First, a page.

Applying Precision Medicine to Neuropsychiatric Disorders
Cancers were once looked upon as specific diseases, often defined by their tissue of origin, and drug treatments primarily aimed to kill rapidly growing tumor cells before harming slower growing normal ones. The result was often limited drug efficacy, accompanied by debilitating side-effects. Today, however, the growing understanding of the biology and genetics of particular tumor types is accelerating the use of precision medicine approaches, with molecularly targeted treatments that offer greater efficacy with fewer side-effects for many cancer patients.
Scientists are now hoping to apply some of the lessons learned from applications of precision medicine in oncology to the understanding and treatment of neuropsychiatric disorders such as depression, schizophrenia, autism and other conditions based on their biology. Until recently, despite the well-observed heterogeneity of patient populations in these conditions, neurobehavioral disorders have typically been treated as individual disorders defined primarily by symptoms. This situation is beginning to change with the development of new tools and scientific knowledge that advance a more precise understanding of the diversity of many of these conditions.
Developing precision medicine therapeutics is particularly challenging in neurobehavioral conditions, as it requires defining discrete patient subtypes based on underlying common biology, molecular pathways and targetable biomarkers, which as yet remain largely unknown. Further complicating this research, brain and other neural tissue cannot be biopsied to study the specific pathways involved, making the detection of potential drug targets more difficult. Moreover, neuropsychiatric disorders often present highly variable symptoms, which can vary in intensity and presentation between patients and with age of onset. Inheritable genetic variants can also be a critical factor, but detecting such influences in conditions where there is still limited understanding of the underlying biology requires large population studies.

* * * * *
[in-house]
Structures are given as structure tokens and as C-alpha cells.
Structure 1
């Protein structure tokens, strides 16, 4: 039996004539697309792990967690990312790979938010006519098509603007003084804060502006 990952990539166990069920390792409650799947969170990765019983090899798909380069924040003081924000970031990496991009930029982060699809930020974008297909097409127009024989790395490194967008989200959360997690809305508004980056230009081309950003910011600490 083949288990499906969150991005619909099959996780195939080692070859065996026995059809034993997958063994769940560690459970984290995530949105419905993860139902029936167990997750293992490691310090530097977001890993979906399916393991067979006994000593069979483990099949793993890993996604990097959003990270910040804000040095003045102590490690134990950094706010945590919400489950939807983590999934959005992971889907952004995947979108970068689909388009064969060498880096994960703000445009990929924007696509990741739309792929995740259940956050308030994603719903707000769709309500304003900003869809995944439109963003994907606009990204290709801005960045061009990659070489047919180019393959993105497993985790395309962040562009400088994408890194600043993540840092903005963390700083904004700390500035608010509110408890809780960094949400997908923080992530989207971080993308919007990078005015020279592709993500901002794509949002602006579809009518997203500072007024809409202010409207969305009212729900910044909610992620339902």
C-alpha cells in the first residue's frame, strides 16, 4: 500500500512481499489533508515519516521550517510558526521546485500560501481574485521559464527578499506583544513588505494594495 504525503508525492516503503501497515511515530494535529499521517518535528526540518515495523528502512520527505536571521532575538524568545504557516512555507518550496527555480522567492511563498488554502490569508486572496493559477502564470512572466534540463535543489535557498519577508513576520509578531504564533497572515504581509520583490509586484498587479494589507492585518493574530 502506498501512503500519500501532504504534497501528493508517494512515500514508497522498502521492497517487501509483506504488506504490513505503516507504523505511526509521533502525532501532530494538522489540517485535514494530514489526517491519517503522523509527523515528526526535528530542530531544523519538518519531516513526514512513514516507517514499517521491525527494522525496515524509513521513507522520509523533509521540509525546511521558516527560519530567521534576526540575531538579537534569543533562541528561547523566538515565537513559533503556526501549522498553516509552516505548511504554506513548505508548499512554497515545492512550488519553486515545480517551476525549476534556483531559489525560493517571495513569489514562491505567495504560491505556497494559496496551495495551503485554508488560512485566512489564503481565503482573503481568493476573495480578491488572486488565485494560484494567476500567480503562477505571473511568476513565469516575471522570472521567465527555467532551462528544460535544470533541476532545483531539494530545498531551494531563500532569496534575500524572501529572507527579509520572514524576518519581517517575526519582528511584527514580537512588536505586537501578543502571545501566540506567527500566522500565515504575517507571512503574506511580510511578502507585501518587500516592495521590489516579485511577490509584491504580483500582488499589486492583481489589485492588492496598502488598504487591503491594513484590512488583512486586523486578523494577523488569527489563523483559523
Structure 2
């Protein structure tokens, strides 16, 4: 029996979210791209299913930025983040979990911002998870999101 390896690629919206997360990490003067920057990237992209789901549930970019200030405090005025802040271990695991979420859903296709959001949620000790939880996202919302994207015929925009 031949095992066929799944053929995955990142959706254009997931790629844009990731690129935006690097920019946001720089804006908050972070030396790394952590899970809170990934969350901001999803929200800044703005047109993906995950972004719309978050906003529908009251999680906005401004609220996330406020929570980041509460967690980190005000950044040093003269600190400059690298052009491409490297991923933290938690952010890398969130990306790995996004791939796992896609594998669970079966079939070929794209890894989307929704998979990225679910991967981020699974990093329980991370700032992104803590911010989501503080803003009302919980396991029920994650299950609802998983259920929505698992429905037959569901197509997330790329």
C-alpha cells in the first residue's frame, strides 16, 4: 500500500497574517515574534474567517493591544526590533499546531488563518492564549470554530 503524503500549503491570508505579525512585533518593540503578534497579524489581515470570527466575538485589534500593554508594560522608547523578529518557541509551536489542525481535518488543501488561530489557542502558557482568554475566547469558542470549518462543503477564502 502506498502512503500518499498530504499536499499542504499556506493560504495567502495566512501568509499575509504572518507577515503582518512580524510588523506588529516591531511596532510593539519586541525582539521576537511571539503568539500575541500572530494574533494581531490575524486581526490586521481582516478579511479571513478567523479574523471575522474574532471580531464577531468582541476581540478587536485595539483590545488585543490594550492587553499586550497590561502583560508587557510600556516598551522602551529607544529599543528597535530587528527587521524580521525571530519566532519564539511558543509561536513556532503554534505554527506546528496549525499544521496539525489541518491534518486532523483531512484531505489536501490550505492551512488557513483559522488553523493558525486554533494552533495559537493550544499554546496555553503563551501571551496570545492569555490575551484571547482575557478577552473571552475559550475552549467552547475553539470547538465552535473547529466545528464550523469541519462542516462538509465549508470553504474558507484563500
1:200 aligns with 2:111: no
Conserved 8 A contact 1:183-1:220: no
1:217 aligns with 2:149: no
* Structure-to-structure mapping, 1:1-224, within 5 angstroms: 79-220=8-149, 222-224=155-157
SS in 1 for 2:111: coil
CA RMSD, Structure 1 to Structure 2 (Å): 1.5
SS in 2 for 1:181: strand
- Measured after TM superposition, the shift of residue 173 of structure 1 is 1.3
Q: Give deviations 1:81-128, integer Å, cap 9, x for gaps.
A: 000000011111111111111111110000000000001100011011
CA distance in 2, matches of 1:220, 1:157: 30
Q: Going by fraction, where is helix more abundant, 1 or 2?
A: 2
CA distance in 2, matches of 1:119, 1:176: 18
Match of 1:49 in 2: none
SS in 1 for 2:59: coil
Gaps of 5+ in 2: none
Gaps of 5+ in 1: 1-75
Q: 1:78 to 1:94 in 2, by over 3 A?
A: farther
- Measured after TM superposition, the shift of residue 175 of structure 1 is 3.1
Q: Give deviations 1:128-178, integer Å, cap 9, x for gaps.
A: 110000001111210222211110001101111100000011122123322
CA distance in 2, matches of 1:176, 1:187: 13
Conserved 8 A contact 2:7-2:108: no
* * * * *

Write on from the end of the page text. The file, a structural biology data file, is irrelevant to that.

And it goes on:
One new company, BlackThorn Therapeutics, is using next-generation artificial intelligence (AI) and machine learning to advance the discovery of targeted therapeutics for neurobehavioral disorders, with an initial focus on mood disorders and social-emotional conditions like autism spectrum disorder (ASD). The company has assembled a large library of clinical neurobiological data and is applying its AI platform to understand specific pathways underlying these different conditions and to identify biomarkers that can help develop targeted drugs. The company’s lead program is studying a kappa opioid receptor antagonist for the potential treatment of mood disorders; the drug candidate is expected to enter Phase 2 clinical testing in early 2020.
New tools for approaches to detecting targetable disease subtypes are also being employed to help bring precision medicine to neurological conditions. For example, NeuroPointDX, the neurological division of Stemina Biomarker Discovery, has conducted the largest study to date of the metabolism of children with autism. Their ongoing metabolomic analysis has already led to the identification of several unique metabolic subtypes predictive of high risk of ASD. The company is now preparing to conduct a clinical trial of a potential dietary supplement for one of these patient subtypes that is characterized by dysregulation of the metabolism of certain amino acids important to typical neurodevelopment.
Similarly, Moleculera Labs has developed a blood panel for markers of neuroinflammation as an aid to the diagnosis and treatment of neuropsychiatric conditions, such as obsessive-compulsive disorder, tics, attention-deficit hyperactivity disorder, depression, and behaviors associated with ASD occurring as a result of post-infection autoimmune attacks on the brain.